Breakfast starts by boiling water, adding fresh squeezed lemon juice to make a hot beverage. I usually drink two or three cups over two hours. Next is an apple, cored and carefully sliced into eighths, followed by an orange or grapefruit, if I have any, which depends upon price and availability. I wait for half an hour then indulge in 12 - 15 pre-soaked and de-skinned almonds. Around 11 am I use a blender to whip up a concoction consisting of 1/3 cup steel cut oats, two dried dates, four raw cashews and a sprinkle of quinoa that have been soaked in water overnight. The quinoa have sprouted, resulting in increased food value. I process this assortment of organic grains, after adding a little more water, till it is the consistency of paste. Sounds terrible but tastes great! Really.

I brew up a pot of Chinese tea to sip on during the day, adding hot water as the tea cools.

Dinner always begins by digging into a mixed greens salad tossed with my own dressing, topped with sunflower or sesame seeds, a few mung bean sprouts and sprinkled with nutritional yeast. Entrees consist of raw dips, served with uncooked vegetables and flax/garlic/ginger crackers. This early evening meal varies somewhat, depending on sale items in the produce section, my finances and my fancies.

I do treat myself, occasionally, to avocado, sun-dried tomato, baby bok choy, pears or fresh dates.

If I snack at night, my preference is fruit.

That's it!

Monday, February 1, 2010

BC "the best place on earth"

... tries to whitewash its Olympic message about homelessness.

According to the BC Government's Downtown Eastside 'Information' Centre (DTESIC):

  • Lack of affordable housing isn't the problem.
  • Lack of housing, period, isn't the problem.
  • Lack of LAND for affordable - even CHEAP - housing solutions isn't the problem.
  • Lack of municipalities with by-laws that encourage, rather than discourage, innovation in housing and housing density isn't the problem.

The problem of homelessness according to the DTESIC is apparently due to the unaccountable rise of mental illness. Thus the problem of homelessness in BC has to do with too many people here being mentally ill.

Because we all know homelessness is caused by mental illness, right?


"They say that homelessness is about addiction and mental illness; it's not true," says Wendy Pederson of Carnegie Community Action Project. "We have a housing supply problem. We don't have low-income housing in this city. We have an income problem. We need to raise welfare."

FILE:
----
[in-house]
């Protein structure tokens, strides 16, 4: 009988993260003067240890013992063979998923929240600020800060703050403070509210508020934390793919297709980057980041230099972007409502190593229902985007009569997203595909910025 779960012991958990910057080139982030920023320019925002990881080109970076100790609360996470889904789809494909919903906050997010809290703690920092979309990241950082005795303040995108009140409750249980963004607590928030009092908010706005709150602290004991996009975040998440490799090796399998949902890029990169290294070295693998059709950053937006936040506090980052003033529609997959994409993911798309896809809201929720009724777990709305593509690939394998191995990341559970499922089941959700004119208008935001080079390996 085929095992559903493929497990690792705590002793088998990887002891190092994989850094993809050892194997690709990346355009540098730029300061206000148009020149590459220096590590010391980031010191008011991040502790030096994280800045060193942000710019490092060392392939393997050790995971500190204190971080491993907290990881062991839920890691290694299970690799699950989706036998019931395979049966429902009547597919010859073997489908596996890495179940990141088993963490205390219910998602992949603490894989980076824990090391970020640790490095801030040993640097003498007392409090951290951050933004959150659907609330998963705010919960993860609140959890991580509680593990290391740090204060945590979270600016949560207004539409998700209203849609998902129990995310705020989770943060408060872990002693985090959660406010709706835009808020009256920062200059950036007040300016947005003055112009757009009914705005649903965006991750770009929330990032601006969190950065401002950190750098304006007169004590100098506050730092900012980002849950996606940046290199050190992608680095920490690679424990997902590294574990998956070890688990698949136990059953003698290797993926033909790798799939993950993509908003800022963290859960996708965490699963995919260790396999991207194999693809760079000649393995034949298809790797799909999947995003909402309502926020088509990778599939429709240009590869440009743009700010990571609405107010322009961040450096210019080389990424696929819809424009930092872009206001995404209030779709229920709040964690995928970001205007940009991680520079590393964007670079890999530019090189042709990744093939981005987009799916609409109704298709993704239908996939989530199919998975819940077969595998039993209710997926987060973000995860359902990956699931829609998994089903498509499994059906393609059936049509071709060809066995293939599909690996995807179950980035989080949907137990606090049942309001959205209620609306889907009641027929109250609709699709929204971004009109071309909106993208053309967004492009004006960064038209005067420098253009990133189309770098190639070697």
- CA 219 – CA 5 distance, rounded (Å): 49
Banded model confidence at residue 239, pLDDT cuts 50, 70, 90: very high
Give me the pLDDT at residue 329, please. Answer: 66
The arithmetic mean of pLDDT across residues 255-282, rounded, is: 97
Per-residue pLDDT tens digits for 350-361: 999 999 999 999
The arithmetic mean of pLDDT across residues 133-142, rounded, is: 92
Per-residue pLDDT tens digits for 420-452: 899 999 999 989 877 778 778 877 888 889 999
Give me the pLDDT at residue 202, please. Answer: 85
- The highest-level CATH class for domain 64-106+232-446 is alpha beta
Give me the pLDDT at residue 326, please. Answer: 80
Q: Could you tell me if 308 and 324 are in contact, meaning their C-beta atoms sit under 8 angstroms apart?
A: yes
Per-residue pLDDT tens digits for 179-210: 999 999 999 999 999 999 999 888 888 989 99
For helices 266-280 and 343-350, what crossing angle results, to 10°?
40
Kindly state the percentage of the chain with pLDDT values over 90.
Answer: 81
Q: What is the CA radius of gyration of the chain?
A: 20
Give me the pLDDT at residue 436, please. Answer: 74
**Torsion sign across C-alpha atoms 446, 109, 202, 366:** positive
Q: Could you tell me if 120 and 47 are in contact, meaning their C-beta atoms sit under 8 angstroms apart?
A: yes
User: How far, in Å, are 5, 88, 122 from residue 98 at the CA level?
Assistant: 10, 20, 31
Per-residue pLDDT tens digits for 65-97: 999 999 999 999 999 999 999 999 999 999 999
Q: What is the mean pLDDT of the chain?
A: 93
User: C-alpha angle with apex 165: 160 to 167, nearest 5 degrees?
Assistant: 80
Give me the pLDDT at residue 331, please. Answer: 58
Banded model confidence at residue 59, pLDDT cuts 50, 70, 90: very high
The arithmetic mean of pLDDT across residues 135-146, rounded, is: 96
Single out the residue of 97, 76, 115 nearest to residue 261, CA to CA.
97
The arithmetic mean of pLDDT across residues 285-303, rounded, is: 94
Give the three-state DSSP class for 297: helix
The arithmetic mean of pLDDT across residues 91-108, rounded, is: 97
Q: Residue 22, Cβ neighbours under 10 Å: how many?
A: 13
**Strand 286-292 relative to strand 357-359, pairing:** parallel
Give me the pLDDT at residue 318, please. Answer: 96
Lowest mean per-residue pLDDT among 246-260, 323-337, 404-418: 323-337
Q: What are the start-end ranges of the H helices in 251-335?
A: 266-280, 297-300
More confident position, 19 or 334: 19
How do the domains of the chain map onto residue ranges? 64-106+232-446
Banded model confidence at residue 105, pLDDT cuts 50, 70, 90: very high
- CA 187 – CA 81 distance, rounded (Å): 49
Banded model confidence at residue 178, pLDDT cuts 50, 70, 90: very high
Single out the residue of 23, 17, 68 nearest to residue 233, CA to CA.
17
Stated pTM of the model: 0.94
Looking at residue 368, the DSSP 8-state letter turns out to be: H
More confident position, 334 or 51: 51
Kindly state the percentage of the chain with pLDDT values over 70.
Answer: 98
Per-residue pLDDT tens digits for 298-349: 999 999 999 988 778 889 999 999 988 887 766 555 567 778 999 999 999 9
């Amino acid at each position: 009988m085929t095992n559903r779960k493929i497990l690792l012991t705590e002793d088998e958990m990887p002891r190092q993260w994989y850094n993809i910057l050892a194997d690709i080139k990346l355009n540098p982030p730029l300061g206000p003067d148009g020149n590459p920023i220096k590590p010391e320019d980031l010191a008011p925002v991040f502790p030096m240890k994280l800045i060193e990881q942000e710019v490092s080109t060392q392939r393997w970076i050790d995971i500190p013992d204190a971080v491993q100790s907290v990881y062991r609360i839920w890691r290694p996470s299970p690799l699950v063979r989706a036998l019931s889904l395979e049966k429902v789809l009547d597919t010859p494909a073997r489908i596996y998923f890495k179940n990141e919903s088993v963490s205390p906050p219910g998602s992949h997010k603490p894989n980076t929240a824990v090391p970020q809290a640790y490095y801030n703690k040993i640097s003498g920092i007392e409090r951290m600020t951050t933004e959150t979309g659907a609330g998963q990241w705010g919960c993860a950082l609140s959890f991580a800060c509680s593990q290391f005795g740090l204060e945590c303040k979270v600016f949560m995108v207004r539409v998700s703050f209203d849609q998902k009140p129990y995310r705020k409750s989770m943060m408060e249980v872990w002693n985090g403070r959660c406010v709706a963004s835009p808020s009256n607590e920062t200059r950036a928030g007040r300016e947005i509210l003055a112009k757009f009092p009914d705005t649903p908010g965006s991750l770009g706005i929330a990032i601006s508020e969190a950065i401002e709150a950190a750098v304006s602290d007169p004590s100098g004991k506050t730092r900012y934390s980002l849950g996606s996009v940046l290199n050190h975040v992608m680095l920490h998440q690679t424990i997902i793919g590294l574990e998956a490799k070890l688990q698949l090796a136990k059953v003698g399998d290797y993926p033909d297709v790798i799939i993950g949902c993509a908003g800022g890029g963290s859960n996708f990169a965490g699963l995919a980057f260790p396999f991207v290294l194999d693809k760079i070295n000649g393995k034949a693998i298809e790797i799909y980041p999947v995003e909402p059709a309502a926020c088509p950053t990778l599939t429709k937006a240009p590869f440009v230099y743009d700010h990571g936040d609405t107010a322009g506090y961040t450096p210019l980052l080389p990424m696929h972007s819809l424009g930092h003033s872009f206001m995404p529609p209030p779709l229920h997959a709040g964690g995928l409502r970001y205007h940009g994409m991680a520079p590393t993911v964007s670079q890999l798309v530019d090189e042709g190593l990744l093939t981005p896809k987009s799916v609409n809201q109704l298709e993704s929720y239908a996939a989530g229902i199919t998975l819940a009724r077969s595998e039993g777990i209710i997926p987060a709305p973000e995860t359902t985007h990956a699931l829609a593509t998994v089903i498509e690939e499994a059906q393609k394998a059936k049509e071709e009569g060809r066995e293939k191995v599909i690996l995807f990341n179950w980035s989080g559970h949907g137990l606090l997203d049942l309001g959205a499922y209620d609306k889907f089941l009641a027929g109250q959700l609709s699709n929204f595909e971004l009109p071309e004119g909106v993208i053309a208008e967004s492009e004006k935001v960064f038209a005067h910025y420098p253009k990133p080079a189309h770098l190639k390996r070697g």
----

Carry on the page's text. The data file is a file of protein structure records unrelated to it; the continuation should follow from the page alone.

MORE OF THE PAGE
Now that's the truth of the matter but let's not have truth interfere with our propaganda.

[Cross-posted at Challenging the Commonplace]

A Day in the Life: Lunch and Snacks

I tend toward grazing.

Am also a recently lapsed vegan. A few weeks ago, I developed a strong craving for eggs and old cheddar cheese. The craving became all-consuming. Since a small child, whenever I've been sick I've craved those foods. Didn't matter that I might get sick after eating them; I craved those flavours and textures. Since my body might be trying to tell me something, two weeks ago I relented and bought a dozen eggs. The cheese will follow when it's next on sale.

Three meals a day has never worked for me; four or five is more like it. The following is a full day of meals and snacks:

  1. Breakfast: Between 7:30 and 8:30 a.m. Oatmeal, unless there's a problem as described in link.
  2. Snack: Between 10:30 and 11:30 a.m. Four ounces or 120 ml of orange juice.
    The orange juice is made from concentrate. Why cart home water? That's what you do when you buy orange juice in bottles or cartons. Add water from your own tap instead. Directions call for 3 cans of water to 1 can of concentrate. I use 4 cans of water, so get almost two quarts or litres of OJ. Lasts me over two weeks.
  3. Lunch: 1:30 to 2 p.m. One boiled egg OR one-half slice of whole wheat bread spread with homemade hummus OR one-half slice of whole wheat bread with one ounce of old cheddar cheese. My hummus has more water in it than usually called for in recipes. The bread I've recently started getting at the food bank. I try to have a dark leafy green vegetable on hand. If available, I eat some of that too, wrapped around the cheese, hummus bread or egg, or on its own.
  4. Supper: 5:00 to 6:00 p.m. My lentil concoction.
  5. Snack: Before 8:00 p.m. Eight to 12 almonds OR one apple. The number of almonds depends on their price. A typical sale price is $0.99/100 grams or $9.90/kg from the bulk bin. Regular price has been as high as $18.90/kg. I won't pay that. I buy 1/2kg at a time and store the almonds in the freezer (as I do the bread). I love a good crunchy apple but can't manage to have them all the time. If the price works out to 20 cents per apple or less, then I may buy a large bag of them.

Recently I won some free coffee, so my days start with that now, suitably diluted. A great treat.

Am very sensitive to caffeine, so the rest of the day I drink rooibos tea (a naturally decaffeinated tisane) which I buy in bulk from Upton Tea Imports in the US. Would love to buy my rooibos locally but prices are more than double here, even with the exchange rate and shipping costs factored in. For a total of $40.00 I get enough rooibos to last up to 14 months.

In the late afternoon and evening, I start adding soy milk to my tea. Totals to about 1/2 cup or 125ml per day.

ETA: I try to follow the above but, like today, it seems like a lot to eat. And I get distracted with my unpaid activist writing and miss one, sometimes two, of those meals or snacks. Usually it's the evening snack I skip; more rarely, it's lunch. I NEVER skip breakfast or snack #2, the orange juice.

ETA March 20, 2010: Well, that was a short experiment. Have resumed my vegan diet. So no more eggs, no more cheddar cheese. Didn't like their results.